Australian consumers will see cuts in credit card surcharges applied by retailers from as early as September 1 this year, but the rewards given for spending on higher-end credit cards will also be reduced.
The move results from a new regulatory framework released by the Reserve Bank last Thursday, but has been a long time in the making.
Regulators moved four years ago calling for charges to be “reasonable”. This has often been ignored.
The latest crackdown has the power of new legislation behind it and will change merchant behaviour. This is how it will work.
Merchant credit card charges
From September, retailers will only be able to make consumers pay credit card surcharges at the levels they are charged by the banks. Analyst with research group Canstar, James Slack, said “those costs are fairly low: usually between 0.5 per cent and 0.8 per cent”.
This will be one of the biggest advantages for consumers as it means merchants will no longer be able to charge flat fees for credit card transactions.
High on the list of culprits in this regard are the airlines who hit travellers making online bookings: Here’s what they charge now.
It also means that costs from 1.5 per cent to 3 per cent or more charged by some retailers on credit card purchases will be pruned back to the regulation rates. Travel agents often use 1.5 per cent surcharges.
The changes will not apply to small business until September 1, 2017.
These charges are received by the banks from credit card companies on each transaction and they are to be reined in. At the moment they are set at a weighted average 0.5 per cent but this figure is calculated every three years.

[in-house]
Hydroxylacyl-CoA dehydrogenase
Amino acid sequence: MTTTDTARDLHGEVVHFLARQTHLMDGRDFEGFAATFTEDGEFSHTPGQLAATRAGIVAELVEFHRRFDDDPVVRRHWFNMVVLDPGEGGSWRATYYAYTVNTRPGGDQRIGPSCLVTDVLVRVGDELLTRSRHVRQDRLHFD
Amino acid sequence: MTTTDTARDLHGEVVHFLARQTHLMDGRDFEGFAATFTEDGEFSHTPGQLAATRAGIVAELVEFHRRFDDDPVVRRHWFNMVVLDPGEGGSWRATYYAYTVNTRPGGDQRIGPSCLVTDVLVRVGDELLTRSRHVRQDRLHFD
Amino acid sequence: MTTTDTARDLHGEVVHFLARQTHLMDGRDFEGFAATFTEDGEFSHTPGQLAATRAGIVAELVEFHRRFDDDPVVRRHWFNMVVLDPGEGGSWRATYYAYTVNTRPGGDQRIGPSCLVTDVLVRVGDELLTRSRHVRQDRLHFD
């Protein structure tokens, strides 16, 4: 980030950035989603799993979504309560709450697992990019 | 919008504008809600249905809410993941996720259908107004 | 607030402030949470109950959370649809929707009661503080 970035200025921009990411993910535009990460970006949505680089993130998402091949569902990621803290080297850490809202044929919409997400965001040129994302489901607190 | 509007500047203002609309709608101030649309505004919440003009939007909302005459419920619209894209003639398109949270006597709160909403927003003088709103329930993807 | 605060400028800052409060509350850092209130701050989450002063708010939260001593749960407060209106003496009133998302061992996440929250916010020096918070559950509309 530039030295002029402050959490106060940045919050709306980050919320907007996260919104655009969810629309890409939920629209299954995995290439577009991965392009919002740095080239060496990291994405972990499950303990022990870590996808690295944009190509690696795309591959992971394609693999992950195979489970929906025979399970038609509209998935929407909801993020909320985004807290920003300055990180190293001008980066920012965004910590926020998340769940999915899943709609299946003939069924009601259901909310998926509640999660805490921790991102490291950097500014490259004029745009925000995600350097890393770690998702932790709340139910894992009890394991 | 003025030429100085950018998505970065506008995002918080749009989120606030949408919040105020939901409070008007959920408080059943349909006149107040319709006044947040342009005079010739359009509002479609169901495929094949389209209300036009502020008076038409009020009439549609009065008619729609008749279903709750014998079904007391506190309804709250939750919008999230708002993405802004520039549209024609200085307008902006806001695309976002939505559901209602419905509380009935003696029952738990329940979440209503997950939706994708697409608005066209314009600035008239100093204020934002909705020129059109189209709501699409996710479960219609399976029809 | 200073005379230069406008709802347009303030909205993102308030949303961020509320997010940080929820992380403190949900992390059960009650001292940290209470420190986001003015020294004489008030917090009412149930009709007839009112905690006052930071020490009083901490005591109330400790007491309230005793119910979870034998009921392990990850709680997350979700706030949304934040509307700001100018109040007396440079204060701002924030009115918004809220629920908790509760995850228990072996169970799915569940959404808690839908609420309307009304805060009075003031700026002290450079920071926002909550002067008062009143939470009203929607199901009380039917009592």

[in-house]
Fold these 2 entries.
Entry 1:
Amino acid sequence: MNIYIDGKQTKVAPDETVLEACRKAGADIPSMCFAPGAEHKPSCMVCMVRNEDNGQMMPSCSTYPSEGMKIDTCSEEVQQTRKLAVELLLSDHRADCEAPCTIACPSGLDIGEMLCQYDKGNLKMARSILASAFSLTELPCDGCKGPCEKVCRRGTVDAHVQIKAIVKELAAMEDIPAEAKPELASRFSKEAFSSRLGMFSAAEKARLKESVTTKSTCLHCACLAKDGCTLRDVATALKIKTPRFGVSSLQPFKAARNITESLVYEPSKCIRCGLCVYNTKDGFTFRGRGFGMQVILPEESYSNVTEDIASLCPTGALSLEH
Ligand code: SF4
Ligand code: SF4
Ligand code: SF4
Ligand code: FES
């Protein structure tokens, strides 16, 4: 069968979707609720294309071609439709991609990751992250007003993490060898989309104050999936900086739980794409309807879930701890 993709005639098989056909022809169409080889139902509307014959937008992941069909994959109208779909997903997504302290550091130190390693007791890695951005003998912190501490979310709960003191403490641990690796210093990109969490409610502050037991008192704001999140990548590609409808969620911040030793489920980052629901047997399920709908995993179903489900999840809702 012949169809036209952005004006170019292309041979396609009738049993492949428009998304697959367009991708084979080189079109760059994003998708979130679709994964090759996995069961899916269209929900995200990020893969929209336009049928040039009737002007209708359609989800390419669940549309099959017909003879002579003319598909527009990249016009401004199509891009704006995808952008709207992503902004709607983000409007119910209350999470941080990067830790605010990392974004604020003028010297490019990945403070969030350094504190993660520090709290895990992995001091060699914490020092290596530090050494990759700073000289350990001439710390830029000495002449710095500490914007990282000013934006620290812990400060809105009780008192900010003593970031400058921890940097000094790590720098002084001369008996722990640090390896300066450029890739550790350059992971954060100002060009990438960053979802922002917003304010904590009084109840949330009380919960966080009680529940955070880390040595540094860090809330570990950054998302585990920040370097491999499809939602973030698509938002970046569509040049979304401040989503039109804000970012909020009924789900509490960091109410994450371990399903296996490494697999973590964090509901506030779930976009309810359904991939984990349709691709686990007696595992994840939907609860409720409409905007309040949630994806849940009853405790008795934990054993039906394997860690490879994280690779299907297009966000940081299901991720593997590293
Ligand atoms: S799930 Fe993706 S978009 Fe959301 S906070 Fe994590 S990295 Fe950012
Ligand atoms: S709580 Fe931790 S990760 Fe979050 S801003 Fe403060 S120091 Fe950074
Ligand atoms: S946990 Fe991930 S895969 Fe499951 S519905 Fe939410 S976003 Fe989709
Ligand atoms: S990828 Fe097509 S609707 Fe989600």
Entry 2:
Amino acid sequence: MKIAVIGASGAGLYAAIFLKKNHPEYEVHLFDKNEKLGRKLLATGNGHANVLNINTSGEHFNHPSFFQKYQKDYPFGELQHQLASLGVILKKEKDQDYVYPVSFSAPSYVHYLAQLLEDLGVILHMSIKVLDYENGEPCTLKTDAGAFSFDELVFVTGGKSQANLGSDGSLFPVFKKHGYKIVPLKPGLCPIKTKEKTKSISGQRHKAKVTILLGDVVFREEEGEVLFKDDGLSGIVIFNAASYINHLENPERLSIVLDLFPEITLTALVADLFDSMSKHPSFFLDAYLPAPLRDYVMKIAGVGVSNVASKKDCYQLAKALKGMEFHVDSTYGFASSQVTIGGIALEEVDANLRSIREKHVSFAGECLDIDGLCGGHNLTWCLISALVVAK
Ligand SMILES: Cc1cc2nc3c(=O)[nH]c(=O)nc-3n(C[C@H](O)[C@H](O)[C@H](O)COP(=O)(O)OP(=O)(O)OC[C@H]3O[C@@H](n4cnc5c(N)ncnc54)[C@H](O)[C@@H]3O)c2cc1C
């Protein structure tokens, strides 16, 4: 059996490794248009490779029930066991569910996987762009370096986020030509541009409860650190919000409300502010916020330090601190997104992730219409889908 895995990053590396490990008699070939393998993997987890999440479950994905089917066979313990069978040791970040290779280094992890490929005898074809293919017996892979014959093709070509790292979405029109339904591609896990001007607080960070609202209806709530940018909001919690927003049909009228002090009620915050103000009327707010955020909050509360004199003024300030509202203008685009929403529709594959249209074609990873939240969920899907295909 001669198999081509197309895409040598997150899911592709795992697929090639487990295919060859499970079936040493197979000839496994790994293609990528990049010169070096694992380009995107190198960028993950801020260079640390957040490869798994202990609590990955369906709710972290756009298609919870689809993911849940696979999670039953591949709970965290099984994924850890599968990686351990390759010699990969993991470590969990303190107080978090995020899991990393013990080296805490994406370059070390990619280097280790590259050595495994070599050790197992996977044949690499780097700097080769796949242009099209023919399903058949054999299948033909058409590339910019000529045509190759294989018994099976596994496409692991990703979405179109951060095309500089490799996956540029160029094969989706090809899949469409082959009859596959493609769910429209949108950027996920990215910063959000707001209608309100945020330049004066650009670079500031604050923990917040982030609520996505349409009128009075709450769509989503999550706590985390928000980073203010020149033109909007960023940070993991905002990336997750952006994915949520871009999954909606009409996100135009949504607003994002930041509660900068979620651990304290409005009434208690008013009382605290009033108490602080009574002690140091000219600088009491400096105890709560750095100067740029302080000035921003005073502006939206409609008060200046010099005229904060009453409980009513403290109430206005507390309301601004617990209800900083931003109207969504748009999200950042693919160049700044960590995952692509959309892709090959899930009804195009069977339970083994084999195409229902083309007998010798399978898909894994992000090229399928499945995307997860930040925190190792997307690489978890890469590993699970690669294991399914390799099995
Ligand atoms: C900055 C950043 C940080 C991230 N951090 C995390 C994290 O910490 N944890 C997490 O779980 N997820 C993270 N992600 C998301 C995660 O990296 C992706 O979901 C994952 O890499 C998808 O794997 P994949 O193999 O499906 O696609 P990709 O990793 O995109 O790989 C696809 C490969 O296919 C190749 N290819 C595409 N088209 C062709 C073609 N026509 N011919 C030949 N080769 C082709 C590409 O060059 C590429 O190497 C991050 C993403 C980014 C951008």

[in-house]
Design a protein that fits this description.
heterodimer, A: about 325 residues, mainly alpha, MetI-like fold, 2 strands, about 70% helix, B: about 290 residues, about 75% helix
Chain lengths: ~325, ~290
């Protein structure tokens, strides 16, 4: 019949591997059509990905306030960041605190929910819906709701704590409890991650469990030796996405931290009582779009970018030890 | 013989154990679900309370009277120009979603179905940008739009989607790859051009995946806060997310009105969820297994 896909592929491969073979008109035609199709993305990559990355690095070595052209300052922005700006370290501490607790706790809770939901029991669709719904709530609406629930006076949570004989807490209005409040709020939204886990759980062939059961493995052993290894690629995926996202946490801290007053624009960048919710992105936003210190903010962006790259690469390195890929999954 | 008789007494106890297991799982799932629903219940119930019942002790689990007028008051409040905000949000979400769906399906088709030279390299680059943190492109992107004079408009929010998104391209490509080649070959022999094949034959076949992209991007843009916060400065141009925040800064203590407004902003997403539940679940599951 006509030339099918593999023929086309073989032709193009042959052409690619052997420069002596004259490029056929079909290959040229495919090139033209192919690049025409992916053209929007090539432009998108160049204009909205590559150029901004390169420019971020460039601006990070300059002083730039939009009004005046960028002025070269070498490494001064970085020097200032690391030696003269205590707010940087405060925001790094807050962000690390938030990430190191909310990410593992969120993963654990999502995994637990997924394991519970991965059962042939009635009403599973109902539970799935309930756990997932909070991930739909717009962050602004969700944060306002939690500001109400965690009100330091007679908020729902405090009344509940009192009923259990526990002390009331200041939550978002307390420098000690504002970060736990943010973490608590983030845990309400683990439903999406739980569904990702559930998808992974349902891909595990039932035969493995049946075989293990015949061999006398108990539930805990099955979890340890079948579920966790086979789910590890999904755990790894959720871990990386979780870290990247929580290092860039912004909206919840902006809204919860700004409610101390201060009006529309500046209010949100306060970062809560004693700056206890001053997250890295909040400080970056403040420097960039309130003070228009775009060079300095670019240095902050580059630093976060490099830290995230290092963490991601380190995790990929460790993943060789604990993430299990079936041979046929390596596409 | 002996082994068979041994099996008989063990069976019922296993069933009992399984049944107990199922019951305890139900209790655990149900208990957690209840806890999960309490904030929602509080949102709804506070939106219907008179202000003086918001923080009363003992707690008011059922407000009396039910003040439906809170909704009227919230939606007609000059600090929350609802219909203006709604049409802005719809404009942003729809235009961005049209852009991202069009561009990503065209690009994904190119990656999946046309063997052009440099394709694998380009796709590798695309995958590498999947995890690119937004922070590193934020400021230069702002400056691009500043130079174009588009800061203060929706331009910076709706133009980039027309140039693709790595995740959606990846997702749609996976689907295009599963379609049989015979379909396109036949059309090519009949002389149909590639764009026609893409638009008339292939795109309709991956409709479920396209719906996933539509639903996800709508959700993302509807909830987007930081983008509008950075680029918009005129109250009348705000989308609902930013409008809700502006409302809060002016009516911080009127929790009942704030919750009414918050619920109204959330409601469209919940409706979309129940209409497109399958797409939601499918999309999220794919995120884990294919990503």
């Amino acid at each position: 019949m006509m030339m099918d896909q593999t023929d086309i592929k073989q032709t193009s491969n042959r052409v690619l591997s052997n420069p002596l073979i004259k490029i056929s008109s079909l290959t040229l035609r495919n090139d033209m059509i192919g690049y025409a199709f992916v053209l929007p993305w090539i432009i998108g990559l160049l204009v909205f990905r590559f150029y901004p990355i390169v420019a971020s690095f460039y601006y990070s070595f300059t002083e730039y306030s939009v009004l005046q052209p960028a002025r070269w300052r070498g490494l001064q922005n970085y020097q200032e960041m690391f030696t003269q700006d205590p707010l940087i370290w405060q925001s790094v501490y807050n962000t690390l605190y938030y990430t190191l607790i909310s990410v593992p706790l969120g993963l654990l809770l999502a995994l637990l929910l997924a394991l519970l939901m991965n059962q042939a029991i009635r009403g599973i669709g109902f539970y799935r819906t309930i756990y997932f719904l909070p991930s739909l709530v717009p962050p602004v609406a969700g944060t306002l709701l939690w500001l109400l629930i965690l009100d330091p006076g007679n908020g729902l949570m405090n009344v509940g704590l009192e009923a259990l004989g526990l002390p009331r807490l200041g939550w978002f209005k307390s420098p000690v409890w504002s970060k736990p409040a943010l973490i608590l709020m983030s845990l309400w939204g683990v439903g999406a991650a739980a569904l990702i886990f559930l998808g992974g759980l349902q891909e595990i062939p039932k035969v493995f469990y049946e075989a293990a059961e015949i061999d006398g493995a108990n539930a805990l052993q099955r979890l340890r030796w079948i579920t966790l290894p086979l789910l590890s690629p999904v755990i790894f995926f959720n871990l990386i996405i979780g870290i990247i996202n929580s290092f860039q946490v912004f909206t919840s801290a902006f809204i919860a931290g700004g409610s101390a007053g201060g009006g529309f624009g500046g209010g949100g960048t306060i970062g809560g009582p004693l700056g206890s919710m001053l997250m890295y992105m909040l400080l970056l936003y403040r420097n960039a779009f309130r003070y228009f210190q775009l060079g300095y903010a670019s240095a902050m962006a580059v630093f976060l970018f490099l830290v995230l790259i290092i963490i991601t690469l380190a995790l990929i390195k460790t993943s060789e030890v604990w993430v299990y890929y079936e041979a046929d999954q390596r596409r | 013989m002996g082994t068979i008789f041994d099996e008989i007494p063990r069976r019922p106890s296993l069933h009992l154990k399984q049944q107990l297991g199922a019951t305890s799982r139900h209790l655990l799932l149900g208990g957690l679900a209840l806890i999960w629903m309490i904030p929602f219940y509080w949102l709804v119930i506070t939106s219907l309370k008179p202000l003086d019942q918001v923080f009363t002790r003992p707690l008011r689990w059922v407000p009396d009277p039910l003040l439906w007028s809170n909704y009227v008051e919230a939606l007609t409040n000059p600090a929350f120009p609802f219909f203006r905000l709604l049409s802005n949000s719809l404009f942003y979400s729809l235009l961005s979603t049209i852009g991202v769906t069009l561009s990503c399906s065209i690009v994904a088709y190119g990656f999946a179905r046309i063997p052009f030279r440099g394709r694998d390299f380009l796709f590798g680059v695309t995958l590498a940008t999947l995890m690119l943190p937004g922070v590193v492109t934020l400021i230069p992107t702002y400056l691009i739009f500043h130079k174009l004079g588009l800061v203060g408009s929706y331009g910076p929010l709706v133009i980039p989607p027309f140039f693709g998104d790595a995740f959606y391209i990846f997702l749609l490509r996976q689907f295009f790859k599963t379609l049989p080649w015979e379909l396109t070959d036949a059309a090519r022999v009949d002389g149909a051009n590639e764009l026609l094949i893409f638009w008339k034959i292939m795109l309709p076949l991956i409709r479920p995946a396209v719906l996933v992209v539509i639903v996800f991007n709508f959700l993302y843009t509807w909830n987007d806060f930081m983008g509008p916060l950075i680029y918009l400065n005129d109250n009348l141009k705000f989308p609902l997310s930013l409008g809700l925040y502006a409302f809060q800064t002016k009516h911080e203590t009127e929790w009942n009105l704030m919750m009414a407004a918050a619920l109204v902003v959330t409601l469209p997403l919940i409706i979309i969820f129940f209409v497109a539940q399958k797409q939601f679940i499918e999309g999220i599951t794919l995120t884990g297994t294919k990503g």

The rate here will stay the same but it will be calculated every quarter. “This means that banks will have to stick to it consistently,” Canstar’s James Slack said.
Within that interchange fee regime, the banks have had the freedom to charge much higher interchange fees on some cards and still stay within the overall weighted average limits. For high-end cards like those labeled Black, Platinum or Prestige, these fees can be as much as two per cent.
Those individual charges will now be pegged at 0.8 per cent.
“Those charges can net the banks hundreds of millions of dollars and are used to fund rewards programs,” Mr Slack said.
“That could result in significant cuts in rewards.”
Those cuts could see caps on the number of points earned each year or rises in card fees which can already total as much as $467 annually.
Companion cards, predominately American Express (Amex), which are offered by banks alongside standard Visa and Mastercards, have been dragged into the regulatory net.
They effectively give users two accounts with one annual fee and deliver high rewards levels of up to three points for every dollar spent.
They’ve been brought under the regulatory web as other cards with interchange rates are limited to 0.8 per cent.
This may lead the big banks to stop issuing Amex cards. However Amex itself is not affected and will still offer its own cards.
The changes follow moves from major banks in recent months which have already cut rewards back on high-rewarding cards from levels of 1.5 points per dollar spent back to 0.75 per cent or less.
Cabcharge left out
Don’t expect the changes to lead to lower credit card fees in taxis. Surcharges in the industry, which range from five per cent to 11 per cent depending on the state, will be left to state governments to regulate.
In recent years, Victoria and NSW have halved taxi credit card fees from 10 per cent to five per cent with other states and territories charging 10 per cent. In South Australia the fee is 11 per cent.